Release stress, improve sex
Women’s lifestyle and sexual wellness
Written by Jennifer Hanson
You make all kinds of decisions every day (what to eat, who to spend time with, what to spend your money on, how to deal with stress…) but you might not be aware of how directly your lifestyle choices are affecting your sex life. Approximately 40% of women deal with some sort of sexual dysfunction in their lifetime
, and sexual health is an essential facet of both physical and mental health in myriad ways. Taking some time to examine yourself and your choices will allow you to take better control of your sex life.
When things get stressful, it’s easy to fall into the rhythm of old habits and forget that you have the agency to change them. The next time you go through your morning routine, ask yourself: Am I taking care of myself? Am I getting enough sleep? Do I make healthy dietary choices? Am I exercising somewhat often?
Even though these seem like mundane habits, they are all linked to mood and basic functioning. Being more mindful of these simple things helps combat stress, which tends to put a damper on everything. Higher levels of stress are linked with
higher levels of sexual issues and lower levels of sexual satisfaction. And if that wasn't bad enough, fatigue and stress have a profound effect on overall sexual well-being for women. One study
showed that women who chronically experience high levels of stress report more distraction, leading to less genital arousal. Further evidence shows
that psychological distraction is the biggest hindrance to orgasm among women.
Inability to orgasm, impaired arousal, loss of desire or painful sex are all classified as sexual dysfunction
, and these can overlap other issues, making smaller problems bigger. Some women suffer in silence for years
and this effect is even worse for women with more restrictive cultural, social or religious values
. However, when sexual health issues are ignored, it can lead to dissatisfaction in relationships, unbalanced desire and problems with communication. Ignoring the elephant in the room triggers many people to avoid intimacy altogether.
Another part of the reason that sexual health issues can compound over time is the stigma surrounding sex in medical settings. When creating plans for medication to treat stress, it’s common for doctors to not bring up their patient’s sexual well-being. When asked why they tend to avoid initiating conversations about sex with female patients, doctors cited limited time, embarrassment, lack of effective treatment and limited training
. The same study concluded that most doctors rely on their patients to ask about sex, so don’t be afraid to advocate for yourself! Sexual well-being is an integral part of a person's overall health, and it’s your responsibility to make sure you're living your best sex life.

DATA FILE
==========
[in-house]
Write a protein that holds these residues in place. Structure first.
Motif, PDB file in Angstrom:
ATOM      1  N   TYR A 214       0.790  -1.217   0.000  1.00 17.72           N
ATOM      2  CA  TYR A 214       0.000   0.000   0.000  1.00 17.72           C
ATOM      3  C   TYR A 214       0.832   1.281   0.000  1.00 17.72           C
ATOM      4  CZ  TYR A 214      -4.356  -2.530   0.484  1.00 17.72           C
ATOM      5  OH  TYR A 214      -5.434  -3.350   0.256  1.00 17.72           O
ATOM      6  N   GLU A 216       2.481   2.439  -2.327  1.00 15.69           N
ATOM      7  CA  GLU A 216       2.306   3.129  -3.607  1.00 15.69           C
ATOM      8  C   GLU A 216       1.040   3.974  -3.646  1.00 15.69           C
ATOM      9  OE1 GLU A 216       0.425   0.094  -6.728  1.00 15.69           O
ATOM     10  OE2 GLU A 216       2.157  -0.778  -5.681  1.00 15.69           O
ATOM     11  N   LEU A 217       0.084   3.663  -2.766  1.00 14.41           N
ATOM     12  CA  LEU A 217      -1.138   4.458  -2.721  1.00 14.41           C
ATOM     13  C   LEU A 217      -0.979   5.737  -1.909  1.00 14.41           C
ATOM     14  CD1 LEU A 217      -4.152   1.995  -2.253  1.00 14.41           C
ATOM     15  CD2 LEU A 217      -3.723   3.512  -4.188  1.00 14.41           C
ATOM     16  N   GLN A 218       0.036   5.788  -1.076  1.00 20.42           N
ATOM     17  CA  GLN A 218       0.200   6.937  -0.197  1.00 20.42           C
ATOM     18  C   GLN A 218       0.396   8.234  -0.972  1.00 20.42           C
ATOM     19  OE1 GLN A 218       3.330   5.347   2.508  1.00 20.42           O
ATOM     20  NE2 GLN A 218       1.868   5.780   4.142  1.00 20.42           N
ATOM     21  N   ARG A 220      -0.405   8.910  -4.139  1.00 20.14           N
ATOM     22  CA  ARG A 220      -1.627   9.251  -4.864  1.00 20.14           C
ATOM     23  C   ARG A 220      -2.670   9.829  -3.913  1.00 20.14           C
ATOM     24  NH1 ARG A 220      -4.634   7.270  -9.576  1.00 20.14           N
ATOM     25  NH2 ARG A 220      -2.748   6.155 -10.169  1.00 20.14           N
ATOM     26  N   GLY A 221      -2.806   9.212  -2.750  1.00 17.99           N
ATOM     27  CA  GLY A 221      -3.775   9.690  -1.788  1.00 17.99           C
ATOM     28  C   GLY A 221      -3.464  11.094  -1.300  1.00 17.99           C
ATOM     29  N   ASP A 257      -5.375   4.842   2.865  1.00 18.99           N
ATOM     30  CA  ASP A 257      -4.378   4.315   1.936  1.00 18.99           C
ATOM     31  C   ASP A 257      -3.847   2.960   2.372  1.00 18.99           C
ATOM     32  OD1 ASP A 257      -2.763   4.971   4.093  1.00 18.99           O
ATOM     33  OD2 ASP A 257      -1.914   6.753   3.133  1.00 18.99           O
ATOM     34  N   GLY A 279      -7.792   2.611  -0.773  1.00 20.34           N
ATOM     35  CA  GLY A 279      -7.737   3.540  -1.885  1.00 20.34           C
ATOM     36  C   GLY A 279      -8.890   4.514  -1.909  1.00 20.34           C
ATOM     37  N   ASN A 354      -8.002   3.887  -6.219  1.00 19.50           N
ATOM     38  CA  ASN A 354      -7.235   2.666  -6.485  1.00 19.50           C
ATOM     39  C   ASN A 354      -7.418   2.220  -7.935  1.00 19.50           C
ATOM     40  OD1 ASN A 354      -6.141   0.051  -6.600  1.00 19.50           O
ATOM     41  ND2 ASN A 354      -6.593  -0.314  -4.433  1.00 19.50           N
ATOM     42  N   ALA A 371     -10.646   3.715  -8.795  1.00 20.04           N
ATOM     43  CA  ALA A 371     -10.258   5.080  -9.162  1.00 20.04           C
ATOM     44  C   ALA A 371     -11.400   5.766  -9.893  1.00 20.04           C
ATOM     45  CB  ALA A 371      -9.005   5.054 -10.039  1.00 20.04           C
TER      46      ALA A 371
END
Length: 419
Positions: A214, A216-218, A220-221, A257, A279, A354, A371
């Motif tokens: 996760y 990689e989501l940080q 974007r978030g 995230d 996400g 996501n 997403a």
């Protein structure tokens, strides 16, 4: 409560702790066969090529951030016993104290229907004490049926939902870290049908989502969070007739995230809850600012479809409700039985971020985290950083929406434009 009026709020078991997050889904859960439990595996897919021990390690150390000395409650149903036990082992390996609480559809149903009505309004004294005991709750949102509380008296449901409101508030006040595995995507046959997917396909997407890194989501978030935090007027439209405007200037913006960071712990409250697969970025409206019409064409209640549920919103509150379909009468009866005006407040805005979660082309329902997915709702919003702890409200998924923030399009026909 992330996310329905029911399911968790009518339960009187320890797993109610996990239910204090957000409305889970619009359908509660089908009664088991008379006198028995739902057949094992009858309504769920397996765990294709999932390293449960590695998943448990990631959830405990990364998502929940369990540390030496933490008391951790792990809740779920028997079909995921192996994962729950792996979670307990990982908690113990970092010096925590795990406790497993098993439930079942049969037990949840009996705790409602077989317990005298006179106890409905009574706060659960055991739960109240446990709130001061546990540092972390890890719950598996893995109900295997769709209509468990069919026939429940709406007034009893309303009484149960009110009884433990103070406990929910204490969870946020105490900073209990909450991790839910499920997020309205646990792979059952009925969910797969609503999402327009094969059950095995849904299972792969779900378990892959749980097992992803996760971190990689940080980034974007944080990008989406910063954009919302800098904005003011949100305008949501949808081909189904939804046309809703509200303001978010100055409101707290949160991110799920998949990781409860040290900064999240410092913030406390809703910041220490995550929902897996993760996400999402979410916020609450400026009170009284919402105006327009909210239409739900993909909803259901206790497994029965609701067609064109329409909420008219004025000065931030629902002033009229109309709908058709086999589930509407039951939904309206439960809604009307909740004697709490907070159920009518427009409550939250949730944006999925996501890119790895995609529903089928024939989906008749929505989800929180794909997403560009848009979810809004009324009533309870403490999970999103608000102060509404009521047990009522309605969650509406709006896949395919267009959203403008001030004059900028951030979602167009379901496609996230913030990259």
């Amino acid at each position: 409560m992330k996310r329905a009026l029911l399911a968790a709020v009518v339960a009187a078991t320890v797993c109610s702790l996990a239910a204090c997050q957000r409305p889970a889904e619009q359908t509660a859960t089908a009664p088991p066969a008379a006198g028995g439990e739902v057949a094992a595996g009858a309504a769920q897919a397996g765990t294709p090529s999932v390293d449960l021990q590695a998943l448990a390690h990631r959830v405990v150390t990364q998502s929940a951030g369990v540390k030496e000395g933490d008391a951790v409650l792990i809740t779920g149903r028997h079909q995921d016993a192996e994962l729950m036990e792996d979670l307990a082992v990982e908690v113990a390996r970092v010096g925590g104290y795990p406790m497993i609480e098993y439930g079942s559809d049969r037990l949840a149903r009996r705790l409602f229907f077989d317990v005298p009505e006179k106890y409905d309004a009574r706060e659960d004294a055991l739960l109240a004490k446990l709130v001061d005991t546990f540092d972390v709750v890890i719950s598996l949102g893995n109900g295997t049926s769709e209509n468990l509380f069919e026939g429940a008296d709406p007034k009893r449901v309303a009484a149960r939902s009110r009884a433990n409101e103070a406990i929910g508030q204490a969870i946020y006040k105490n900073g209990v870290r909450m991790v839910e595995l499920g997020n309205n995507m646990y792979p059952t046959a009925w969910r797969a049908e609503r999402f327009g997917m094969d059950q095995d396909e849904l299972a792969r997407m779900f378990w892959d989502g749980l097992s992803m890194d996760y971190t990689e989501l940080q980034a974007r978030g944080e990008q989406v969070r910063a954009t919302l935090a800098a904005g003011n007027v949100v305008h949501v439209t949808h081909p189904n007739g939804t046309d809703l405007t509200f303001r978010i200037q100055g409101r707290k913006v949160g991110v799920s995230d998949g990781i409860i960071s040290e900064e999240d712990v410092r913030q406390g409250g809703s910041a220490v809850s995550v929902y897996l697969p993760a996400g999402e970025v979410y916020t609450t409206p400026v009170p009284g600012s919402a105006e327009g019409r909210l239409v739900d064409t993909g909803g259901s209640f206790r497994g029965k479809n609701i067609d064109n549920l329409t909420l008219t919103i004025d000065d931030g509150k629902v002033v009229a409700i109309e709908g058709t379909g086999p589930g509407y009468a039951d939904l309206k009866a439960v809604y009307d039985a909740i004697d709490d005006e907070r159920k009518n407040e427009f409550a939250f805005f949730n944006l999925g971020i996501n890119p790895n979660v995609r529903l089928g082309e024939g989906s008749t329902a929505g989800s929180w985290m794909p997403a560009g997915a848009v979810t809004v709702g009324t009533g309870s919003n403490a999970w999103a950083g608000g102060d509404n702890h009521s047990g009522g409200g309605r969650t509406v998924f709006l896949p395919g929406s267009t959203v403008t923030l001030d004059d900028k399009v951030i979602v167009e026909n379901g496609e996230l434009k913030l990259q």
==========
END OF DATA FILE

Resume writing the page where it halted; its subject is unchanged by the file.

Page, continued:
The good news? There are plenty of ways to alter your lifestyle choices in order to have a more positive sex life. Keep in mind though that habits require consistent, mindful change that takes time. Attempting to change many habits at once is difficult, so aiming for one or two improvements is a more realistic goal.
Consistent exercise is a great place to start because it positively impacts the cardiovascular system. One study showed
that exercising immediately before sex boosted desire in woman who were medicated for depression. The same study concluded that 30 minutes of vigorous exercise three times per week is correlated with higher levels of overall sexual desire. Being active outside the bedroom actually improves how active you are between the sheets!
Yoga can also teach you to be more present in the moment. The ethos of yoga is to be present and focus on your breathing to help get you through uncomfortable poses. Once you’ve trained yourself to be mindful, you’ll improve your overall awareness of yourself and the world around you. Mindfulness improves awareness
by helping you focus on bodily sensations, which leads to more thoughtful, non-judgmental sex.
You’ve gotten plenty of exercise, you’re hydrated, stress-free and mindful, but there’s still something off about your sex life. Studies suggest
female sexual dysfunction is more prevalent, more difficult to define and requires more complicated treatment. While conditions like endometriosis or PCOS might be the troubling factor, other concerns like mental health, gastrointestinal issues or chronic pain could also be the culprit. Health issues do a number on your sex life, and the stigma surrounding sex can make it more difficult to get help.
If you’ve found yourself putting off sex because you’re nervous about health issues, it’s time to have a chat with your doctor. Remind yourself that you aren’t alone. Most people feel the same and find it nerve wracking to ask for help, but it’s worse to keep putting off an important part of your life. The next time you see your doctor, by straightforward about your concerns and the issues they’re causing you.They should be able to point you in the right direction.
In addition to seeking medical advice, you can also make choices during sex that might improve your overall sexual wellbeing. Vibrators have been shown
to enhance sexual arousal and shorter time intervals to orgasm, and the same study showed that silicone and water-based lubricants are associated with higher ratings of pleasure and satisfaction during sex. This is especially important for older women that may cite dryness and pain during sex as the source of their sexual dysfunction.
It’s crucial to understand the link between the lifestyle choices you make and your satisfaction with your sex life. Finding the correct balance of medication, mindfulness and more lubrication will encourage more frequent and satisfying sex. Take a thoughtful look at what could use some changing and dive right in.